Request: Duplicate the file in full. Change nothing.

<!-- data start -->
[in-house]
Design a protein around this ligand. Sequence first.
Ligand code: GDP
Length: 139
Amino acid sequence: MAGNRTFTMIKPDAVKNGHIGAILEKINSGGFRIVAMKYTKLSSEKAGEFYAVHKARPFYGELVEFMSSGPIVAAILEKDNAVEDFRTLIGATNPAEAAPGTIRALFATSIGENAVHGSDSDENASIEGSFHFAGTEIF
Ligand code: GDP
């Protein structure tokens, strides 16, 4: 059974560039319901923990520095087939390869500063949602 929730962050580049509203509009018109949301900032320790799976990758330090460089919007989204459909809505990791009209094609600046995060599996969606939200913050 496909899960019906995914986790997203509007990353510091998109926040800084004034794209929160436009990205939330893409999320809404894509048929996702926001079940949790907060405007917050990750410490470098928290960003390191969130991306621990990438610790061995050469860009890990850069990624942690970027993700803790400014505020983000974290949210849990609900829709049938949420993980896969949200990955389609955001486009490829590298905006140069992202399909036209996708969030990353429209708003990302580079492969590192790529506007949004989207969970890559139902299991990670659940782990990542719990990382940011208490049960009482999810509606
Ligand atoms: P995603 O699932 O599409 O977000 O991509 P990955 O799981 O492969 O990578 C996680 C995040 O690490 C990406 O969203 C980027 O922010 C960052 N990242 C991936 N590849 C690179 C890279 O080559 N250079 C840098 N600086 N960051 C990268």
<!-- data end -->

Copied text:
[in-house]
Design a protein around this ligand. Sequence first.
Ligand code: GDP
Length: 139
Amino acid sequence: MAGNRTFTMIKPDAVKNGHIGAILEKINSGGFRIVAMKYTKLSSEKAGEFYAVHKARPFYGELVEFMSSGPIVAAILEKDNAVEDFRTLIGATNPAEAAPGTIRALFATSIGENAVHGSDSDENASIEGSFHFAGTEIF
Ligand code: GDP
């Protein structure tokens, strides 16, 4: 059974560039319901923990520095087939390869500063949602 929730962050580049509203509009018109949301900032320790799976990758330090460089919007989204459909809505990791009209094609600046995060599996969606939200913050 496909899960019906995914986790997203509007990353510091998109926040800084004034794209929160436009990205939330893409999320809404894509048929996702926001079940949790907060405007917050990750410490470098928290960003390191969130991306621990990438610790061995050469860009890990850069990624942690970027993700803790400014505020983000974290949210849990609900829709049938949420993980896969949200990955389609955001486009490829590298905006140069992202399909036209996708969030990353429209708003990302580079492969590192790529506007949004989207969970890559139902299991990670659940782990990542719990990382940011208490049960009482999810509606
Ligand atoms: P995603 O699932 O599409 O977000 O991509 P990955 O799981 O492969 O990578 C996680 C995040 O690490 C990406 O969203 C980027 O922010 C960052 N990242 C991936 N590849 C690179 C890279 O080559 N250079 C840098 N600086 N960051 C990268």